[Python-Dev] RFC: Backport ssl.MemoryBIO and ssl.SSLObject to Python 2.7

Donald Stufft donald at stufft.io
Thu Jun 8 15:51:24 EDT 2017

> On Jun 8, 2017, at 3:37 PM, Donald Stufft <donald at stufft.io> wrote:
> So basically back porting MemoryBio unlocks two important things for the health of the Python ecosystem:
> * Allows forward progress on PEP 543, which provides a wealth of great benefits like using the platform trust model and removing the need for pip, requests, etc to bundle a CA bundle internally and removing the need (long term anyways) for Python to ship a copy of OpenSSL on platforms that don’t provide it.
> * Allows requests and other libraries to continue to straddle the 2.x/3.x line where they need to, while still providing people who are using Python 3.x a way to use asyncio without having to fork the entire ecosystem into having an aio* copy of every single network library that exists.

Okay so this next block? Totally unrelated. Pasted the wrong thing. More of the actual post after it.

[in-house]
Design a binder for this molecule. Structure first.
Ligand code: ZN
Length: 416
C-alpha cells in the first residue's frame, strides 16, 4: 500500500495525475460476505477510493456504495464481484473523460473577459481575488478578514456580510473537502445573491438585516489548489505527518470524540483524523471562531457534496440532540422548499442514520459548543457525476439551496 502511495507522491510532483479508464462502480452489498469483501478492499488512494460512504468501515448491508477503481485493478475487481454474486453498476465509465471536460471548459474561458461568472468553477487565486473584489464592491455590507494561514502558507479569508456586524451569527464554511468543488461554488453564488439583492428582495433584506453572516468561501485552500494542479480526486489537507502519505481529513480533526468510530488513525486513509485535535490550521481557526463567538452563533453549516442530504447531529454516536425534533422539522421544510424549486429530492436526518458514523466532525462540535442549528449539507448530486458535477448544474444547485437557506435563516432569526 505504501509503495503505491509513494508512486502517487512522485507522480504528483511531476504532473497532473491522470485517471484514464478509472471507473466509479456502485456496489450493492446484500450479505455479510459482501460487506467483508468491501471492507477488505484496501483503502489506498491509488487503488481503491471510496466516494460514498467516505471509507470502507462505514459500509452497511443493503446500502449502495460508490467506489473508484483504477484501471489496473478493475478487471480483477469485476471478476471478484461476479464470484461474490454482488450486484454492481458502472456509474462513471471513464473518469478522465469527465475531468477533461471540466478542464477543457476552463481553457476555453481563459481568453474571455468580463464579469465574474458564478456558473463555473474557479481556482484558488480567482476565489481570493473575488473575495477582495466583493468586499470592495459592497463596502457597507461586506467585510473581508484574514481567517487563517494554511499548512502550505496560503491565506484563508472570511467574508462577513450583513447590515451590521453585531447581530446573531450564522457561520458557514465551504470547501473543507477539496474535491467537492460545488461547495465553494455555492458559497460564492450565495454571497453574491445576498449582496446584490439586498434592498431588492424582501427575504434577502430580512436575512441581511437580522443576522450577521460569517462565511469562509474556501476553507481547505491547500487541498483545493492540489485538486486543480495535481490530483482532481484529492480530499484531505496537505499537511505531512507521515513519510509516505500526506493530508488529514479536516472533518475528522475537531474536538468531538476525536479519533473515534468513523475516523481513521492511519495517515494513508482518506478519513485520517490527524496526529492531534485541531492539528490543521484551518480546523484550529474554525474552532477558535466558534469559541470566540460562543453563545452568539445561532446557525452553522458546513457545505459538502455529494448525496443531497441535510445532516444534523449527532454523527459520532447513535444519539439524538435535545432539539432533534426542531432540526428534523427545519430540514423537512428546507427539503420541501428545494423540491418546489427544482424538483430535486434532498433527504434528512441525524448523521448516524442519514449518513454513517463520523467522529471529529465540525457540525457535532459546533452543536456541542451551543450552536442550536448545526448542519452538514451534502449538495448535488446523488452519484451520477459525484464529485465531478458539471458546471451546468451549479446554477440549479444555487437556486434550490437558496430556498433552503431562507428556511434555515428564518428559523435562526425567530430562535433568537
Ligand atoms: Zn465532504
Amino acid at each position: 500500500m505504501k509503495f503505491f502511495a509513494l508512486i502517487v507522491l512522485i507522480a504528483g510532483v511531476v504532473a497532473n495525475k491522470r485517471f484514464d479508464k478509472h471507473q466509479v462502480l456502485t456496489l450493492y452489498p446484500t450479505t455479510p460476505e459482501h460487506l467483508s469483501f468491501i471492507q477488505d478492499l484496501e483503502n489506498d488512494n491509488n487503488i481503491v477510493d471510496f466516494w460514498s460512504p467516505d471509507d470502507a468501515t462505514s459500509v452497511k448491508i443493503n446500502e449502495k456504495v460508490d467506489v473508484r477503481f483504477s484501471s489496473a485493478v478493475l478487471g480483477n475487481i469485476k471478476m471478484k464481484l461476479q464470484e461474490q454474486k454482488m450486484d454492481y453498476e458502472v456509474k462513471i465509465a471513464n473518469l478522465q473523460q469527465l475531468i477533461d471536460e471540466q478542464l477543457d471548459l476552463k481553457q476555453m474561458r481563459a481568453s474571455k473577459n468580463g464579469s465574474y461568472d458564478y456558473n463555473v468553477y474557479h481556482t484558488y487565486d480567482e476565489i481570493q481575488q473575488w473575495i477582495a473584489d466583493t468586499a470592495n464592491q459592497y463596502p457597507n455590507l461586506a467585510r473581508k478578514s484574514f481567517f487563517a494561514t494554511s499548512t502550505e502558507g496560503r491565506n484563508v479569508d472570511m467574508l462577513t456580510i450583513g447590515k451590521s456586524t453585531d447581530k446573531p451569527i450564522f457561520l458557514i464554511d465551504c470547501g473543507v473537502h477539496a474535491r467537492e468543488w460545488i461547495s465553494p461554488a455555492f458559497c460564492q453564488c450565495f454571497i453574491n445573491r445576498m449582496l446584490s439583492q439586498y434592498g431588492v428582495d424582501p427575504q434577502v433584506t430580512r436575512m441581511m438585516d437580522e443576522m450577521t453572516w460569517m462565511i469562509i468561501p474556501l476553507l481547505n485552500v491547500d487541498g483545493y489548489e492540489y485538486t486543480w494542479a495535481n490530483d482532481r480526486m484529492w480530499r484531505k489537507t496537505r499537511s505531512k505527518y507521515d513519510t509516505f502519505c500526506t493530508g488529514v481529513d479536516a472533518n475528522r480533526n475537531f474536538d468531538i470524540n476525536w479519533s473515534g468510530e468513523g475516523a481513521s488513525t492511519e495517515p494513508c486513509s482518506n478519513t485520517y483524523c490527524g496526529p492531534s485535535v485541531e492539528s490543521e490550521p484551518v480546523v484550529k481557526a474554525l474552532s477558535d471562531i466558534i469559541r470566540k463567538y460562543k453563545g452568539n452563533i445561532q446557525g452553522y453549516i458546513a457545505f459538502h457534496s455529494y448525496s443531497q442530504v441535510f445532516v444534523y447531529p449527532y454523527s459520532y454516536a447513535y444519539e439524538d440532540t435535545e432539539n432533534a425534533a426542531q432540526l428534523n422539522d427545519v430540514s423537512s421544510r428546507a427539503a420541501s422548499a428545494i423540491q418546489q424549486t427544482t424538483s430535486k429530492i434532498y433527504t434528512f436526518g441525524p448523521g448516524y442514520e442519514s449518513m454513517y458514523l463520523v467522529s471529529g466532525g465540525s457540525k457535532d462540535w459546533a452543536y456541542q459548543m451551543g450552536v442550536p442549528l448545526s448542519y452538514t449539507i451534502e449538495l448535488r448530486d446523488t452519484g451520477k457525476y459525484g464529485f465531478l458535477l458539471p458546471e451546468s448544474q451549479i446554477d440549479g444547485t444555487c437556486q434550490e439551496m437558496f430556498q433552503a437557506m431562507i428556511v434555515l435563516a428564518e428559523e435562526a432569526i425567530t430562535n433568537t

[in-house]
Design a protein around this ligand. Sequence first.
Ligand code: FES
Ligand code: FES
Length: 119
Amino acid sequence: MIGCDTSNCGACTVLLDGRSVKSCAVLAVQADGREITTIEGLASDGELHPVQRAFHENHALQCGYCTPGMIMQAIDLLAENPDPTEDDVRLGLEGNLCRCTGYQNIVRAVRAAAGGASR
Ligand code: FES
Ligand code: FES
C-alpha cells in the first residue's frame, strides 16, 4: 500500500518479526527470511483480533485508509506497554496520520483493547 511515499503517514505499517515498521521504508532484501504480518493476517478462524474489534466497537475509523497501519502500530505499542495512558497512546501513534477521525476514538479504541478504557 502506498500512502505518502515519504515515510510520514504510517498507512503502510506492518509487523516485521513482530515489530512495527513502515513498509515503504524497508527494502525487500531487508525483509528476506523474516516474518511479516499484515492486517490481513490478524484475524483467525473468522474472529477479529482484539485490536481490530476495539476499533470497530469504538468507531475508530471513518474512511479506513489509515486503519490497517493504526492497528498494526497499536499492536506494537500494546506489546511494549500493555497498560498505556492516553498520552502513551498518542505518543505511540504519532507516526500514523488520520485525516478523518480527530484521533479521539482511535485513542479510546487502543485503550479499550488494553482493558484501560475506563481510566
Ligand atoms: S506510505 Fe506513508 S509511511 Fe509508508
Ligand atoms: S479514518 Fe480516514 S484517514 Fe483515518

Sorry I forgot one other important benefit:

* It reduces the delta between the 3.x and the 2.x ssl and _ssl modules, which makes actually maintaining those modules easier because this code is fiddly and hard to get right, so the more we can just directly backport security fixes from one to the other rather than having to rewrite the patch, the better off we are.

And the downside here is pretty small honestly?

It’s not changing behavior of anything that currently exists since it’s adding a new thing inside the ssl module and Alex has already written the patch so there’s little extra work to do and it actually makes maintenance easier since patches can more readily be applied straight from `master`.

The primary argument I can see against it, is one of purity, that 2.7 shouldn’t get new features but as we know, practicality beats purity ;) (and we’ve already accepted that TLS is a special case, special enough to break the rules, so the main question is whether this specific thing is worthwhile— which given it’s benefits to the Python ecosystem and to maintaining Python, I think it is).

Donald Stufft

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